10-25-09, 10:59 PM
I just rode from Perth to Melbourne on a carbon fibre road bike with a bob trailer. No problems. I even went down a 10km gravel road and back without issue. You're better off riding a bike that's comfortable and you're used to. In my opinion, touring bikes are only really useful for panniers. The above quote is clearly incorrect. What do they ride in Paris-Roubaix?
10-26-09, 12:11 AM
+1 on the trailer.
This summer I told a friend of mine we could do a bit of touring together, and he asked if he could use his old steel racing bike. Sure! I said, it's steel, it'll be great!
We continually ran into one thing after the other. The problems are many, but can be overcome:
-No rack braze-ons. - Got a Cold Springs Old Man Mountain rack. (http://www.oldmanmountain.com/Pages/RackPages/RearRacks.html)
-No tire clearance for anything bigger than 25s.
-Only one water bottle mount.
-(Usually)No granny gear.
-Usually less than 36 spoke wheels.
-Not specifically built for comfort.
-Depending on how much touring you were to do, the durability of lightweight components tends to be less than something like mountain bike components.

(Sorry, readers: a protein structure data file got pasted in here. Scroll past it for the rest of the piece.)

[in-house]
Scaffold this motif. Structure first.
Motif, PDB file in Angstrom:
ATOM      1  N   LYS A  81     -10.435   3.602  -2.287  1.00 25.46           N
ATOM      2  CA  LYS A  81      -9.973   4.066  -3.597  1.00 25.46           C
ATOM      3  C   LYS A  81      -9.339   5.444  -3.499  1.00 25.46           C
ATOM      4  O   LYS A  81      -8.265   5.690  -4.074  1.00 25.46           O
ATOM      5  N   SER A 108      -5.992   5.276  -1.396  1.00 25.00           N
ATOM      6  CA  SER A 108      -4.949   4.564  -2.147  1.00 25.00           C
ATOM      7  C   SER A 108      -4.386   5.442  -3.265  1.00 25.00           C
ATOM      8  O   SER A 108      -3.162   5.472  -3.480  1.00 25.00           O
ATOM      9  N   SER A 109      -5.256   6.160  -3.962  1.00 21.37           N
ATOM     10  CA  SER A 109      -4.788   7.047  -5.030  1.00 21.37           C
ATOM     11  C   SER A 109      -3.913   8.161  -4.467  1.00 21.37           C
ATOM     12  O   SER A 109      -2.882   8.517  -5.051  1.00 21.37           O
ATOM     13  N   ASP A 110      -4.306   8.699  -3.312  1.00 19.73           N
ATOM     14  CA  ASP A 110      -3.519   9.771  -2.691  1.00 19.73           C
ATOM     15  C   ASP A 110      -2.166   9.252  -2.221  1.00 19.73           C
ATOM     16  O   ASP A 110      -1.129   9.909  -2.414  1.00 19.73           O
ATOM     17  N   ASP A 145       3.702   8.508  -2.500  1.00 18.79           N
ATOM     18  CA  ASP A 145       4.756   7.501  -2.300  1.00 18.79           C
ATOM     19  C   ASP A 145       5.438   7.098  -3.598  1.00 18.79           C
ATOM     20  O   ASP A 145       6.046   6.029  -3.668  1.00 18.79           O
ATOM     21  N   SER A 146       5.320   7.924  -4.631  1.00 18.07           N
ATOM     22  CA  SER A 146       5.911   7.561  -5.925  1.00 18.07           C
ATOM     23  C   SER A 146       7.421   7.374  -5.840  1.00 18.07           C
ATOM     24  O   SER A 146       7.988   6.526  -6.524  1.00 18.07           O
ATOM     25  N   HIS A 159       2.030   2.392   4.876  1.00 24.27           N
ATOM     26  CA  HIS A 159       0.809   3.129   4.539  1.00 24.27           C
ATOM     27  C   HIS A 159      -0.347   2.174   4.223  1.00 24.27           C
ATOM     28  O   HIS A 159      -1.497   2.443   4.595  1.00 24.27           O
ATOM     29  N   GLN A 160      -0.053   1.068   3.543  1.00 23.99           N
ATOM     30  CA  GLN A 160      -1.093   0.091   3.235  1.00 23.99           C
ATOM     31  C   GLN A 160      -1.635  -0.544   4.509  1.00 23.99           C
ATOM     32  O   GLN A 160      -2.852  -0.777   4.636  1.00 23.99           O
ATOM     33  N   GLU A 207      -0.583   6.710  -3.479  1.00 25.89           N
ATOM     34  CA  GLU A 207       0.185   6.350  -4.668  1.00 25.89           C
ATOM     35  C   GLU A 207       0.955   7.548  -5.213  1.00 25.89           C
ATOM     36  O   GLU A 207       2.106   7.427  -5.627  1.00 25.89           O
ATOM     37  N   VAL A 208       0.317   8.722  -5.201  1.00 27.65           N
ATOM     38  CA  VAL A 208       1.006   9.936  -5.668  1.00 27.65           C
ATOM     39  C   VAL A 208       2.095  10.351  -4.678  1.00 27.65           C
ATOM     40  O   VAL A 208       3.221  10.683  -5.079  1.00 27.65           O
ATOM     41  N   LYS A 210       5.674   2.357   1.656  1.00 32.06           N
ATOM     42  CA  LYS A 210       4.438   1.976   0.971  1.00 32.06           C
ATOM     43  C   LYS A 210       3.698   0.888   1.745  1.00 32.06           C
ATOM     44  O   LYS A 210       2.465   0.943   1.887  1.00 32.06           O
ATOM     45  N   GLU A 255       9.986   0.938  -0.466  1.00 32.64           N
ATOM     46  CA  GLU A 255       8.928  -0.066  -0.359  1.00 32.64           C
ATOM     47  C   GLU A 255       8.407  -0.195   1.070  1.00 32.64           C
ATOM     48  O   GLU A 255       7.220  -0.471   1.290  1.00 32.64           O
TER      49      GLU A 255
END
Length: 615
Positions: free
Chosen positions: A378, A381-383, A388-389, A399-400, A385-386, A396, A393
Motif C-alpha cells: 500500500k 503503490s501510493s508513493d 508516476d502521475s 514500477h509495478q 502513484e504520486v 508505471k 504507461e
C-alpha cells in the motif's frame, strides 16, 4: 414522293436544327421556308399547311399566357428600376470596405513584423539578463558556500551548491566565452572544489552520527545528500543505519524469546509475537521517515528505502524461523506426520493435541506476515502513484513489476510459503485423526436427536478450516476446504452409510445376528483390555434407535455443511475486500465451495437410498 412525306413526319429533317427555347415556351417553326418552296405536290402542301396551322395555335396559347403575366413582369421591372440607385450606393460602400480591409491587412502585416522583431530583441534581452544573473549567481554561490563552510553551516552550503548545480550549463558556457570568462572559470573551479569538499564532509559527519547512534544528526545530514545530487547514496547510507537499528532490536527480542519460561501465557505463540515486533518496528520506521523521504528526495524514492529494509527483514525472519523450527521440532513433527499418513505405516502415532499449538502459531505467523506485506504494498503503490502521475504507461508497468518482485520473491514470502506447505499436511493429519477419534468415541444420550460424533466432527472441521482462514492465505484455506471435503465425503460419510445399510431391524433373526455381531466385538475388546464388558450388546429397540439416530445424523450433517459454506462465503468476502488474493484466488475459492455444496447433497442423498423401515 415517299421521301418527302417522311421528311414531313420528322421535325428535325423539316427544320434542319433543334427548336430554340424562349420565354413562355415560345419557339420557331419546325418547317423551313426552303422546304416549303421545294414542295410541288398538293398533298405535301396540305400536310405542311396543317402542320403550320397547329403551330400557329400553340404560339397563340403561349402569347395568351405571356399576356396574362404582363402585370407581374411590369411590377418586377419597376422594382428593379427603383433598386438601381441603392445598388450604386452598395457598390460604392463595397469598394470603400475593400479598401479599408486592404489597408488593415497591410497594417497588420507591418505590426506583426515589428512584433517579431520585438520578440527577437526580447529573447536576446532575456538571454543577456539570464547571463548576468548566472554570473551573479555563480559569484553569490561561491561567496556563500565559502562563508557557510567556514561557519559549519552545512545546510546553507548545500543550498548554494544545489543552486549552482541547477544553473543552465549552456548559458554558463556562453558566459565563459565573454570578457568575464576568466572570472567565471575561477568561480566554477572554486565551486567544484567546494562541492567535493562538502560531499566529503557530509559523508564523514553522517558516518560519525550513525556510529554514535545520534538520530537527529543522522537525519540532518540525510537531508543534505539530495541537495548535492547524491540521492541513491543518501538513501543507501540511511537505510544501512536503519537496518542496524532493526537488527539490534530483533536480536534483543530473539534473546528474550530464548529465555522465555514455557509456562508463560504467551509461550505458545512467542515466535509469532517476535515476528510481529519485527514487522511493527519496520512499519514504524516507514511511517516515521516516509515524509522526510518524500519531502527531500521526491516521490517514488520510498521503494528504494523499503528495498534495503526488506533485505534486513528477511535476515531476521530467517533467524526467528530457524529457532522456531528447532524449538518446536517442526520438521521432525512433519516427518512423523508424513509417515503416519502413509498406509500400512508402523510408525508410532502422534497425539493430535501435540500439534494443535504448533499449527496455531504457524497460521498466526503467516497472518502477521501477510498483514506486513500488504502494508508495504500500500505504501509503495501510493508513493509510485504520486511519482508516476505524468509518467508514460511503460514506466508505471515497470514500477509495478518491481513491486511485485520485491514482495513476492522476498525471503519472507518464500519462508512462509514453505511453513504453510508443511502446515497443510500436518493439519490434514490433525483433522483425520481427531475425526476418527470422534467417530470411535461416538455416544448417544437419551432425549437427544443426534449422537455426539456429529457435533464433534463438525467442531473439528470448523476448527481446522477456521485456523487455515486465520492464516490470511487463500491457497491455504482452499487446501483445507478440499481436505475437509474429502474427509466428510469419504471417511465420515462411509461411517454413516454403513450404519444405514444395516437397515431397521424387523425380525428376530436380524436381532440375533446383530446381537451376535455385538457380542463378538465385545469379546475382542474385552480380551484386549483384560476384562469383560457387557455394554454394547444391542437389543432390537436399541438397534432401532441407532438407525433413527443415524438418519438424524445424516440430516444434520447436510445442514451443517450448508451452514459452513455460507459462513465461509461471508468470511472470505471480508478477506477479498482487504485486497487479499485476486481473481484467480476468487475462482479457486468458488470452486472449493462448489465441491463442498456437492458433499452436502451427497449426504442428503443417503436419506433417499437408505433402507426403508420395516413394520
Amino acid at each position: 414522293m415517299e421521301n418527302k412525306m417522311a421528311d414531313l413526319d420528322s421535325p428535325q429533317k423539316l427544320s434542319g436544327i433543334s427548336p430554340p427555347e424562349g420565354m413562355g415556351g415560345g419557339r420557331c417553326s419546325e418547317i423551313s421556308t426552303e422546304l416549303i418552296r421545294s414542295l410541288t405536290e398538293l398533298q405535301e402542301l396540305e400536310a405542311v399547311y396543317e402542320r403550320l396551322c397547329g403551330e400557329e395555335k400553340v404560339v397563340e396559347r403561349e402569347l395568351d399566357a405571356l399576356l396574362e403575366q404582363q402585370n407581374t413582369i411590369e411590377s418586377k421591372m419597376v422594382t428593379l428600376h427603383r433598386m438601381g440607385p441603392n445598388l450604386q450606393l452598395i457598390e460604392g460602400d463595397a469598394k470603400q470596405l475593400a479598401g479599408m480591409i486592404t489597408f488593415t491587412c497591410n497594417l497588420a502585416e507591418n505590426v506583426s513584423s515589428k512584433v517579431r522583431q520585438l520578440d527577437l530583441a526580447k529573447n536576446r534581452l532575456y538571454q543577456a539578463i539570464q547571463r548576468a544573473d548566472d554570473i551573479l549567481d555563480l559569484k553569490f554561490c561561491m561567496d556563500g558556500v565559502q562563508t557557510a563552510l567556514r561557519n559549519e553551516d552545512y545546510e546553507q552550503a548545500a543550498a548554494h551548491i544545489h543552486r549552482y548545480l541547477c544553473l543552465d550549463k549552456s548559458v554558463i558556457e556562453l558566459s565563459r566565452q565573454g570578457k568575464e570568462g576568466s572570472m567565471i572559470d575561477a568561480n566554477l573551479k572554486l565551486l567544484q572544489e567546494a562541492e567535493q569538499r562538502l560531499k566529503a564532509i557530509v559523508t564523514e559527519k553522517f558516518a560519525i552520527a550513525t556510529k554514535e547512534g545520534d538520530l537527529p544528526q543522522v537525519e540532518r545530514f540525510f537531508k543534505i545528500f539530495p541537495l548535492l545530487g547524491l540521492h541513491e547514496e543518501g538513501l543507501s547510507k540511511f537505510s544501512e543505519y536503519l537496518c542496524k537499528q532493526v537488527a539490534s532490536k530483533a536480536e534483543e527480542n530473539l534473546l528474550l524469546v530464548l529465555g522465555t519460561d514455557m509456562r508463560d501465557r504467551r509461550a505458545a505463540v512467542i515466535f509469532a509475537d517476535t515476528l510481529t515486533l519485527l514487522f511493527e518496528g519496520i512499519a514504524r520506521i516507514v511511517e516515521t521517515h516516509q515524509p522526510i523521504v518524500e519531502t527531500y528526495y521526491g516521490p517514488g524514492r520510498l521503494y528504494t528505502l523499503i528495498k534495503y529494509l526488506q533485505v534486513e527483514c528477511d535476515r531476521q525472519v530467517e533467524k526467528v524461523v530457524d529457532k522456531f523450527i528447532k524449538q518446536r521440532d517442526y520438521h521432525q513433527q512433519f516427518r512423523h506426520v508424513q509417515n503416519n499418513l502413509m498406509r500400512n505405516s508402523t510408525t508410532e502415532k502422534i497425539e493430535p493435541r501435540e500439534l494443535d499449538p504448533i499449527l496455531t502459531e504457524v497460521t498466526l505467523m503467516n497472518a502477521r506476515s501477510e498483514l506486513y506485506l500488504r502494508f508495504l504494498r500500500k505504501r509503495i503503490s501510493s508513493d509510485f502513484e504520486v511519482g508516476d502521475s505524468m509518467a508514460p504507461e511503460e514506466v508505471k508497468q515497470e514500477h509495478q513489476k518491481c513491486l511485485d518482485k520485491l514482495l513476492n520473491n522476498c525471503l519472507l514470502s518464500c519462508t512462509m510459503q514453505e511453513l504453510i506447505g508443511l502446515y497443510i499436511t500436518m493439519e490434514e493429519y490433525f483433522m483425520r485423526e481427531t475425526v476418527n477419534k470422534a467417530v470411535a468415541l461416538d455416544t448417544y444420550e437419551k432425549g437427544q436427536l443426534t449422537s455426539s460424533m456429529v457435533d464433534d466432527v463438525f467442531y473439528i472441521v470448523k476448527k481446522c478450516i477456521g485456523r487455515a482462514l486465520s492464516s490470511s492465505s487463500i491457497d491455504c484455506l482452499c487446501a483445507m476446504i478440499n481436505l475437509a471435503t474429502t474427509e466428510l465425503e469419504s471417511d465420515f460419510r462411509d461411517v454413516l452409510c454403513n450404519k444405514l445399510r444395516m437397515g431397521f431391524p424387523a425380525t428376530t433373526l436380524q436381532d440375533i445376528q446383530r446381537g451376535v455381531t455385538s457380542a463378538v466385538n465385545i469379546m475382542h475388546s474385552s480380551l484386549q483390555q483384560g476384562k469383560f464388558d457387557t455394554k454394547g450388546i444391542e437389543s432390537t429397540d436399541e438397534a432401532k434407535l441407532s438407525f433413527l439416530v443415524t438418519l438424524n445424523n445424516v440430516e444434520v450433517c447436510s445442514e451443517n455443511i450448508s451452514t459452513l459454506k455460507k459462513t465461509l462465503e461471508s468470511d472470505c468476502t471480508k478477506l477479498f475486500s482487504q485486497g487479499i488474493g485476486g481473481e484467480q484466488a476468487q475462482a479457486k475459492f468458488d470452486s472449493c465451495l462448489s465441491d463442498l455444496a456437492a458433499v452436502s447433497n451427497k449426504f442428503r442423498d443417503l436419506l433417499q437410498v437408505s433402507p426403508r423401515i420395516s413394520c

-It's a racing bike. The title 'racing bike' comes from the fact that it was built for racing.
All that being said, if you were to get the gearing right, have a strong enough rear wheel, and get a BOB, I think you'd do just fine. It was just interesting watching my friend try and go through all the modifications to make a racing bike a touring bike, when he could have spent that money on a decent 80s Japanese touring bike that would have been oodles better in the end anyway.
10-26-09, 12:18 AM
I see a lot of people opting to use a trailer and ride a lighter bike and just built up a 32 spoke rear wheel for a fellow who plans to tour in this manner and I don't have any worries about the wheel holding up.
He's a lightweight and despite the trailer plans on traveling light.
10-26-09, 12:25 AM
The above quote is clearly incorrect. What do they ride in Paris-Roubaix?
Many carbon road bikes come out of the box with warning stickers that clearly state that the bike is not for offroad use. The question is rarely whether the bike can survive a trip down a gravel road, but rather can it survive that trip over and over and over again, loaded.
Carbon mountain bikes and some carbon cross bikes could be much more suitable for this, because they're designed for such riding. Again I'll say, I don't think there's any problem touring on a road racing bike(with BOB), but you're going to run into more difficulties than on a bike designed specifically for touring. There are differences between the two all the way down to the chainring bolts.
10-26-09, 06:46 AM
I have a Bianchi Volpe which I learned about from the book Adventure Cycle Touring. Excellent read.
But you should check out this site: http://www2.arnes.si/~ikovse/weight.htm He takes the whole ultralight touring to an extreme worth considering.
10-26-09, 06:55 AM
I did it.